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Peace Corps volunteer Paul Peouin worked in Ukraine
Peace Corps volunteer Paul Peouin worked in Ukraine
Cambodian-American Peace Corps volunteer Paul Peou
By Alla Vetrovcova, Kyiv Post Staff Writer
Sep 4, 2003 04:28
American Peace Corps volunteer Paul Peou looks dapper in Podil’s fashionable Black Orange Cafe, but his recent stint with the Corps in Odessa proved challenging at times.
Arriving at Podil’s trendy Black Orange Cafe, resembling a fashion model more than a Peace Corps volunteer, curly haired Cambodian-American Paul Peou said he was ready to talk about his spartan two-year existence in Odessa. It soon became apparent, however, that he didn’t so much survive in the Black Sea city as succeed.
“I always wanted to join the Peace Corps,” Peou said. “My family came to the U.S. as refugees from Cambodia in 1980, so I wanted to give something back. We lived pretty comfortably in the States,” he added.
Between sips of a Coca Cola (Hr 5), the 27-year-old recalled how he arrived in Ukraine in 2001. His first stop was a Peace Corps education center in Cherkasy, southwest of Kyiv, where he and his fellow Corps recruits underwent three months of intensive language training, as well as a course in Ukrainian culture. He didn’t know it at the time, but his living conditions there were luxurious compared to what was to follow.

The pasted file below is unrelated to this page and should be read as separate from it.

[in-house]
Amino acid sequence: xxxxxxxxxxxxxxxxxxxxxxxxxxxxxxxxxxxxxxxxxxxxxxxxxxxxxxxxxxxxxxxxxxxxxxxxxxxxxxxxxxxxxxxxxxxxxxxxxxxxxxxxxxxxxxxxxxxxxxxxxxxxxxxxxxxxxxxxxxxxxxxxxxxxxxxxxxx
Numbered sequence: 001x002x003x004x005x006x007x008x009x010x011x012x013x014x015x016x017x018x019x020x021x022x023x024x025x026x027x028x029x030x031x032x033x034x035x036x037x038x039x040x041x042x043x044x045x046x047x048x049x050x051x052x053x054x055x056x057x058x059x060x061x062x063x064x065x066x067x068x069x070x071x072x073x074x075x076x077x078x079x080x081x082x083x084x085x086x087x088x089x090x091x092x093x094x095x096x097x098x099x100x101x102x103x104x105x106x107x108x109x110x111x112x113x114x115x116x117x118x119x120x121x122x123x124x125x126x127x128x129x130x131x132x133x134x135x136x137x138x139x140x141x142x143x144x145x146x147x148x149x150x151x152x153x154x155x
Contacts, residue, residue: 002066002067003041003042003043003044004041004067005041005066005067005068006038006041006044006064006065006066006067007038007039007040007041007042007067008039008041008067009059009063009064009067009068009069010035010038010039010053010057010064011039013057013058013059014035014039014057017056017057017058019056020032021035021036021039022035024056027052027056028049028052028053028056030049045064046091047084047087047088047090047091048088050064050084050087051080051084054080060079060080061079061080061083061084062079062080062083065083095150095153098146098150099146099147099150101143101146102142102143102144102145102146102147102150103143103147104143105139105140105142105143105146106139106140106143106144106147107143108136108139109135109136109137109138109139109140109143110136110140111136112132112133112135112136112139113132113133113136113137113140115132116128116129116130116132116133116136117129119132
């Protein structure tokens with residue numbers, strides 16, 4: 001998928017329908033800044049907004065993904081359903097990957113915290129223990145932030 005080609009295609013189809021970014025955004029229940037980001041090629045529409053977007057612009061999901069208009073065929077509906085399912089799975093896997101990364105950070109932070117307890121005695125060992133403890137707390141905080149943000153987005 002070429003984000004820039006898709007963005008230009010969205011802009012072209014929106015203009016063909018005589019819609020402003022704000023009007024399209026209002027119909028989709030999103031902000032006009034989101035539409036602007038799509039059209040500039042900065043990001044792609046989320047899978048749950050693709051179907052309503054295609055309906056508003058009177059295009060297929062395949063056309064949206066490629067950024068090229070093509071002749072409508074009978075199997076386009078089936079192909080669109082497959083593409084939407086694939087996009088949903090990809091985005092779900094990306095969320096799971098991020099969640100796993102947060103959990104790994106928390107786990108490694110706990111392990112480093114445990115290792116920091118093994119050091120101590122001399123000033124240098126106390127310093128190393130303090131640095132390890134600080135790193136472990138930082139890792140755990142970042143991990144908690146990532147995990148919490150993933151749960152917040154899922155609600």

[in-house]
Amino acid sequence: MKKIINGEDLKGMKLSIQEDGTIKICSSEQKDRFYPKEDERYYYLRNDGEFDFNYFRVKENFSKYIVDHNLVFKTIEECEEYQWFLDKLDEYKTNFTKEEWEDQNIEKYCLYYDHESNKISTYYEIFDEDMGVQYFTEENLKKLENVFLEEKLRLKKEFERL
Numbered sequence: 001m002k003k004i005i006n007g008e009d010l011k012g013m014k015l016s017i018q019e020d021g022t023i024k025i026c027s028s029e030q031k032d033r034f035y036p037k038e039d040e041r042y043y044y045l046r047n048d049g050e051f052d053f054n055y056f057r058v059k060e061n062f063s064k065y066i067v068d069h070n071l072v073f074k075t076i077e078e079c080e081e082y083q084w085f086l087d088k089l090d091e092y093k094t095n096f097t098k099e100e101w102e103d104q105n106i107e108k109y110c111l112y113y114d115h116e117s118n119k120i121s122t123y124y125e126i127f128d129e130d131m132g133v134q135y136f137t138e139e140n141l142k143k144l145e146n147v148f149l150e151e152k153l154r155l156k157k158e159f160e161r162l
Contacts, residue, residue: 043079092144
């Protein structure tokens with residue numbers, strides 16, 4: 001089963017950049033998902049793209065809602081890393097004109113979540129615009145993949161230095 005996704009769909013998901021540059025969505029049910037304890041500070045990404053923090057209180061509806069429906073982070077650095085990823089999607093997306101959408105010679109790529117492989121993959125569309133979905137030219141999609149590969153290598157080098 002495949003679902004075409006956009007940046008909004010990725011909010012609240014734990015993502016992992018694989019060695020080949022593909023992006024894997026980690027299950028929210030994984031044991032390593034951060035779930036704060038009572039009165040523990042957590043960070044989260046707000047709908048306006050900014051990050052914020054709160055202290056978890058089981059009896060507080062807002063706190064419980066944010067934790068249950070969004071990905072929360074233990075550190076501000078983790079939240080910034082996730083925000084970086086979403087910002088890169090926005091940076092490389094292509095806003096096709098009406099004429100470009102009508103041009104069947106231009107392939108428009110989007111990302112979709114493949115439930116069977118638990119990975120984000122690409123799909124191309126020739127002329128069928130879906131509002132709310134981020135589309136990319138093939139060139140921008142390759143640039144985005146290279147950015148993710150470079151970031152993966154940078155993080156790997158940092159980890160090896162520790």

“When I first came to Cherkasy, we had electricity and water,” Peou said, before ordering beef stroganoff with mushroom sauce (Hr 14.50). Upon moving to Odessa, where he lived in a university dorm, next to a shoe repairman, such decadent appointments were a thing of the past. “I was in shock,” he began. “Within days of arriving, all of a sudden the electricity and hot water were turned off.”
It was a rude welcome to Odessa, but Peou would rebound.
Since being established in the United States in 1961 by President Kennedy, the Peace Corps program has sent some 165,000 American volunteers to development-related projects in more than 70 countries.
“Some people came [to Ukraine] with only college experience, while others have significant work experience,” Peou explained. Peace Corps groups vary from 40 to 80 people. Peou said that, of the 60 people who comprised his own group, only 35 people finished the two-year mission. That’s a typical number of drop-outs, he said. “Some volunteers decided to go home earlier for medical reasons,” he explained. “Some were asked to leave because they didn’t follow the Peace Corps guidelines.”
Peou, whose Peace Corps specialties were business administration and the English language, added, “Most definitely, our goal was not to make money here. We’re forbidden to have income other than the Peace Corps wage.”
Though a Peace Corps member’s monthly allowance is paltry, his room and board are paid for. Once they complete their two-year terms, all successful volunteers receive a $1500 stipend. That amount has remained unchanged since it was first established in the 1960s.
Peou, who graduated in 1998 from Penn State University with a BA in economics, worked three years in the U.S. before joining the Corps, which assigned him to be a guest lecturer in corporate finance at Odessa State Economics University.